Cockade of France
The cockade of France (French: Cocarde tricolore) is the national ornament of France, obtained by circularly pleating a blue, white and red ribbon. It is composed of the three colors of the French flag with blue in the center, white immediately outside and red on the edge.
The French tricolor cockade was devised at the beginning of the French Revolution. On 12 July 1789 – two days before the storming of the Bastille – the revolutionary journalist Camille Desmoulins, calling on the Parisian crowd to revolt, asked the protesters what color to adopt as a symbol of the revolution, proposing either green (representing hope) or the blue of the American revolution, symbol of freedom and democracy. The protesters responded "The green! The green! We want green cockades!" Desmoulins then took a green leaf from the ground and pinned it to his hat. However, the green was abandoned after just one day because it was also the color of the king's brother, the reactionary Count of Artois, later King Charles X.
The following day, 13 July, an opportunity arose to create a cockade with different colors when those bourgeois who hoped to limit revolutionary excesses established a citizen militia. It was decided that the militia should be given a distinctive badge in the form of a two-colored cockade in the ancient colors of Paris, blue and red.
On 17 July, King Louis XVI went to Paris to meet the new French National Guard: its members wore the blue and red cockade of the militia, to which it would appear that the Marquis of Lafayette, commander of the Guard, had added a white band representing loyalty to the Sovereign. Louis XVI put it on his hat and – with some reluctance – approved the appointment of the revolutionary Jean Sylvain Bailly as mayor of Paris, and the formation of the National Guard led by Lafayette. Thus was born the French tricolor cockade. On the same day, the Count of Artois left France, along with members of the nobility supportive of absolute monarchy.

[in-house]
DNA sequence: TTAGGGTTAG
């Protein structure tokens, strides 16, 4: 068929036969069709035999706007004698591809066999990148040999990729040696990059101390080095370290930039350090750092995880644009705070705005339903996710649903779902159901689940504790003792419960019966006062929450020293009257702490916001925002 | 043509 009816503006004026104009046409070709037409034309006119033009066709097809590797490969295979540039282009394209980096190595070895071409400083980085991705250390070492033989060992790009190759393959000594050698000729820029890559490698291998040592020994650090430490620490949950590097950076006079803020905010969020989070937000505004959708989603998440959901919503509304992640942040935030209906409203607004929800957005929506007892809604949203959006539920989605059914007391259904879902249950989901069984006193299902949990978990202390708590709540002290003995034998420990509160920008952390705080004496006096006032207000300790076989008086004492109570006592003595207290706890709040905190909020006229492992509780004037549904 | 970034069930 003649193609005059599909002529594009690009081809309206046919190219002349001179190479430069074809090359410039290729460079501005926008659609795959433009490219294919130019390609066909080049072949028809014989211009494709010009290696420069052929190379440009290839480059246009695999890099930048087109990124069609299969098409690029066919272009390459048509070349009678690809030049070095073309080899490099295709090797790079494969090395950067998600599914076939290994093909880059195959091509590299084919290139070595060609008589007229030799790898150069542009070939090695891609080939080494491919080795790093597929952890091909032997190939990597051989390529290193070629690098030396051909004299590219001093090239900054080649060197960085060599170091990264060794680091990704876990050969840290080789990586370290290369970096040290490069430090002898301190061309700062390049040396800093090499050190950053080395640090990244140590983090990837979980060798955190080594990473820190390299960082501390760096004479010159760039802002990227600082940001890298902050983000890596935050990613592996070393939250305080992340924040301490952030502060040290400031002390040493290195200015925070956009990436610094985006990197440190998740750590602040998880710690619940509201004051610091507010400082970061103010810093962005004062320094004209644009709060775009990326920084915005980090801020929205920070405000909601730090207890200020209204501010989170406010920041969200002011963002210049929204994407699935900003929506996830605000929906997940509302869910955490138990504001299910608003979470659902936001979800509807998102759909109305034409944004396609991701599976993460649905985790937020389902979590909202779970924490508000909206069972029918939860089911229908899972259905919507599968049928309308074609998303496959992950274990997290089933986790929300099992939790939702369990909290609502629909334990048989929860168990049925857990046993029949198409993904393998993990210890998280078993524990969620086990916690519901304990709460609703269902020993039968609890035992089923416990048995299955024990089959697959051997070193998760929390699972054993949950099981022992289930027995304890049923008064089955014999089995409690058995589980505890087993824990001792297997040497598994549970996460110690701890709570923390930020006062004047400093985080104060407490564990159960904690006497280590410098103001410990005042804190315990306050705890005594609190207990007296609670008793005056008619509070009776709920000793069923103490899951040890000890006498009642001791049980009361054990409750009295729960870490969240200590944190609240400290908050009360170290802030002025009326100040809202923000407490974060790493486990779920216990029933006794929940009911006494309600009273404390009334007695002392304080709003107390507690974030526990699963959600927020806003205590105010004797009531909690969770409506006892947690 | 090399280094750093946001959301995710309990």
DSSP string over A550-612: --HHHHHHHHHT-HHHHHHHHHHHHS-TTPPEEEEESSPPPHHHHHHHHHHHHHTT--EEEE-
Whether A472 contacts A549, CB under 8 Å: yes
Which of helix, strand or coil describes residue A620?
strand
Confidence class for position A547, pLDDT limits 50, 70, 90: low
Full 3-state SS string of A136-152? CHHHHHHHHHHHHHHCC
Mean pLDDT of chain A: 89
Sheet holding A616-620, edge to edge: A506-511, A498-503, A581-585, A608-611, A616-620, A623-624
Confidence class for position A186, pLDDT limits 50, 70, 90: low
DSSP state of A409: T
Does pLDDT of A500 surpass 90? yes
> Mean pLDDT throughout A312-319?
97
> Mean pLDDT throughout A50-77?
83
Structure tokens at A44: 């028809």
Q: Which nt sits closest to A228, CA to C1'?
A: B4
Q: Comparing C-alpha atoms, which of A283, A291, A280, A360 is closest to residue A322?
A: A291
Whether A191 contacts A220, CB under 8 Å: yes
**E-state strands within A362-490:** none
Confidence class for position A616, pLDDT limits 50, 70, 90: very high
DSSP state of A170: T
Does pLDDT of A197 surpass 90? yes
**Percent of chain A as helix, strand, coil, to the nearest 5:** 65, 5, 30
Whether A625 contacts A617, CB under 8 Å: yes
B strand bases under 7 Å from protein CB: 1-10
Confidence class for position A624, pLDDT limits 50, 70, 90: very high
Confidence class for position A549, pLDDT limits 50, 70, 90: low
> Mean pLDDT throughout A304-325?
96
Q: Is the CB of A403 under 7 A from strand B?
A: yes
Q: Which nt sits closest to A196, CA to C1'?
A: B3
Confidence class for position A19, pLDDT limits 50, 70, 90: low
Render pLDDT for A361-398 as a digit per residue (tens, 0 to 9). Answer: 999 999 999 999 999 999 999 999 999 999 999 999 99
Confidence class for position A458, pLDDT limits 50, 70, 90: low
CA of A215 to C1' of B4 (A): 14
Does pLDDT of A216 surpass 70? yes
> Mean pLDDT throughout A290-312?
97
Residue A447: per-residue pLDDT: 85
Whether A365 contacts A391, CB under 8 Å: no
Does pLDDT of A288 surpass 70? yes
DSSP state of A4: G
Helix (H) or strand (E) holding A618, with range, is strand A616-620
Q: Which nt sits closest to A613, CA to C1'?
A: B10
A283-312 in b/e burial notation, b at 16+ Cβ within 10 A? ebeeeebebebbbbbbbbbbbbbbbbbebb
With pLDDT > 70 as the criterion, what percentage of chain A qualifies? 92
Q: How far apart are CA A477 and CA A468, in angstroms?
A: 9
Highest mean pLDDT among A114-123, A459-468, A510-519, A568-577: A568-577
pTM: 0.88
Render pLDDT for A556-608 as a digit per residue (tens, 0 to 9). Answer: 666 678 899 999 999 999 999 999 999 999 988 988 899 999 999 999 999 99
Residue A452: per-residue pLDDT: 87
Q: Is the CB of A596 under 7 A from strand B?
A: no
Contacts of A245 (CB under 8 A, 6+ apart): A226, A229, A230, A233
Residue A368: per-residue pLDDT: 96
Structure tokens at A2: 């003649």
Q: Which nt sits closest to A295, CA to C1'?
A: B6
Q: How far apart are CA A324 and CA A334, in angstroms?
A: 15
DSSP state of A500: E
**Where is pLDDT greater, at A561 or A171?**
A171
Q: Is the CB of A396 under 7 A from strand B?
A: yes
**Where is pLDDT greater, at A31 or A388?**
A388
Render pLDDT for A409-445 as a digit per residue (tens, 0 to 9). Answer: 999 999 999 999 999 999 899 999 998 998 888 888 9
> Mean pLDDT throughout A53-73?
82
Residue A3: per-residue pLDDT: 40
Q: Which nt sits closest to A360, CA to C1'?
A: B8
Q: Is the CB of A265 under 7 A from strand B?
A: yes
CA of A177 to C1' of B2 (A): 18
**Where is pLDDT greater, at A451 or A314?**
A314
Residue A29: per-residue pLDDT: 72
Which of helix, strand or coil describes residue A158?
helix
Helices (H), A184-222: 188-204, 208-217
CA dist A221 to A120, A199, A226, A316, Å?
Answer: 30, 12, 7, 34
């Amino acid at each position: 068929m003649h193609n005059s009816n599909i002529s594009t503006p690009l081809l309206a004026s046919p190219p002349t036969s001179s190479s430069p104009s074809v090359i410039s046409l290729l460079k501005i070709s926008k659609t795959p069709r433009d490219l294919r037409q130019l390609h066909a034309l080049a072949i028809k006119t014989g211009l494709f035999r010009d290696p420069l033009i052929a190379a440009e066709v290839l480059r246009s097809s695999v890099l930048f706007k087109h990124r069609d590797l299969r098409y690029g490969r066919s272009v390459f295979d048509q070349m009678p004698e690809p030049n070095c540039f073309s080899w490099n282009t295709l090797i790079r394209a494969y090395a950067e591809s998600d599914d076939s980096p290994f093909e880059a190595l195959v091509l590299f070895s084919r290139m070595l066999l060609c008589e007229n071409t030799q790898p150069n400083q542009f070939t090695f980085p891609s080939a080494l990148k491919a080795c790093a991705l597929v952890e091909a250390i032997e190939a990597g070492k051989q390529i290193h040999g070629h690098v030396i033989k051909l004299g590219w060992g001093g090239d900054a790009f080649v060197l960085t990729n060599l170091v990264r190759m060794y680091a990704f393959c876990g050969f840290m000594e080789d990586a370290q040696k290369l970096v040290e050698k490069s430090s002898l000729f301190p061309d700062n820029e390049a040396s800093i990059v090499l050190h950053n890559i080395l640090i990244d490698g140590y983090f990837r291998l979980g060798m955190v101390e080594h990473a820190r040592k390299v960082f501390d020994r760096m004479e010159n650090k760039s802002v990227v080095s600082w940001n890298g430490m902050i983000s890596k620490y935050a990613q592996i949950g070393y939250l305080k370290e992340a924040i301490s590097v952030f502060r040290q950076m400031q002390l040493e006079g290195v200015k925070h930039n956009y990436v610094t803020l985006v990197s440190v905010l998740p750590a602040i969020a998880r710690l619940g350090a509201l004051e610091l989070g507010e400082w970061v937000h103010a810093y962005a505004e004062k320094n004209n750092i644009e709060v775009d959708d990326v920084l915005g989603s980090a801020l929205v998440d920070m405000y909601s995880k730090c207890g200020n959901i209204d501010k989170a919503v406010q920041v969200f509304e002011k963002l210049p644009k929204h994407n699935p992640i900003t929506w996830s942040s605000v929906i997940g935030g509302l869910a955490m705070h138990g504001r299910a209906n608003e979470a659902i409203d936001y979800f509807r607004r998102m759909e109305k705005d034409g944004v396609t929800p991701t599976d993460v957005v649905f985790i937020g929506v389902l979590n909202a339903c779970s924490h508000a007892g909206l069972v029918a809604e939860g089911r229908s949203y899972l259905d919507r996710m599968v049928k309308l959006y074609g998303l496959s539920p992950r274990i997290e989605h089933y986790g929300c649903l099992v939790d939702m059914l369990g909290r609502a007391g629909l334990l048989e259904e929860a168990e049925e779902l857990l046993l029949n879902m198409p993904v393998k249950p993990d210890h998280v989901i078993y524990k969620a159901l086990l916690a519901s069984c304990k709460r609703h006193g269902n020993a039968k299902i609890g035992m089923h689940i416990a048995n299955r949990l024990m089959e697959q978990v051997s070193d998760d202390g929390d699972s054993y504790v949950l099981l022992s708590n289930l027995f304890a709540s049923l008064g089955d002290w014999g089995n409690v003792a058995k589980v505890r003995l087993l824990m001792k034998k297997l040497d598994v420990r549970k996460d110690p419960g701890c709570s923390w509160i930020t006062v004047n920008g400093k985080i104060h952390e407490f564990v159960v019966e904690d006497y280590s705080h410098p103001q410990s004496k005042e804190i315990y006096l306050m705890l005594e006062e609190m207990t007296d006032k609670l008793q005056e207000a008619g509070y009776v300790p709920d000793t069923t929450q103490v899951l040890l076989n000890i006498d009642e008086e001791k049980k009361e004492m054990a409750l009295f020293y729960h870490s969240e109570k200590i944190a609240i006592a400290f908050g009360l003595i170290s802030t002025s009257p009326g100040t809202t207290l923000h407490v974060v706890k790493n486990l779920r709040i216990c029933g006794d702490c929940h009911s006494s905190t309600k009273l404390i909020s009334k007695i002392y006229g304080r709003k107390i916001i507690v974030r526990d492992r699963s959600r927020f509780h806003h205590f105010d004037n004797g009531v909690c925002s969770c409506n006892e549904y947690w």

The tricolor cockade became the official symbol of the revolution in 1792, with the three colors now said to represent the three estates of French society: the clergy (blue), the nobility (white) and the third estate (red). The use of the three colors spread, and a law of 15 February 1794 made them the colors of the French national flag.
From August 1789, Italian demonstrators in sympathy with the French revolution began to use simple cockades of green leaves inspired by the primitive French cockade. From these evolved the red, white and green Italian tricolor cockade.
Use on institutional vehicles
Decree no. 89-655 of 13 September 1989 forbids the use of the tricolor cockade on all land, sea and air vehicles, with the following exceptions:
- by the president of the French Republic;
- by members of the government of France;
- by members of French Parliament;
- by the president of the Constitutional Council;
- by the vice president of the Council of State;
- by the President of the Economic, Social and Environmental Council;
- by prefects in their own departments, and by sub-prefects on official duties in their arrondissements.
Use on state planes
The use of the cockade on French military aircraft was first mandated by the Aéronautique Militaire in 1912, and subsequently became widespread during World War I. The French practice inspired the adoption of a similar roundel (with colours reversed) by the British Royal Flying Corps, and of comparable insignia by other nations. Cockades were, and still are, painted on the aircraft fuselages as the primary military aircraft insignia of the French Air Force; modified designs are used for other French government aircraft.
The tricolor cockade is also used on certain elite uniforms, both military and civilian, which include headwear decorated with it. It is likewise an attribute of Marianne, the national allegorical representation of France, who is conventionally depicted wearing a Phrygian cap, sometimes decorated with a tricolor cockade. The cockade appears on mayors' badges; and on the sash worn by Miss France.
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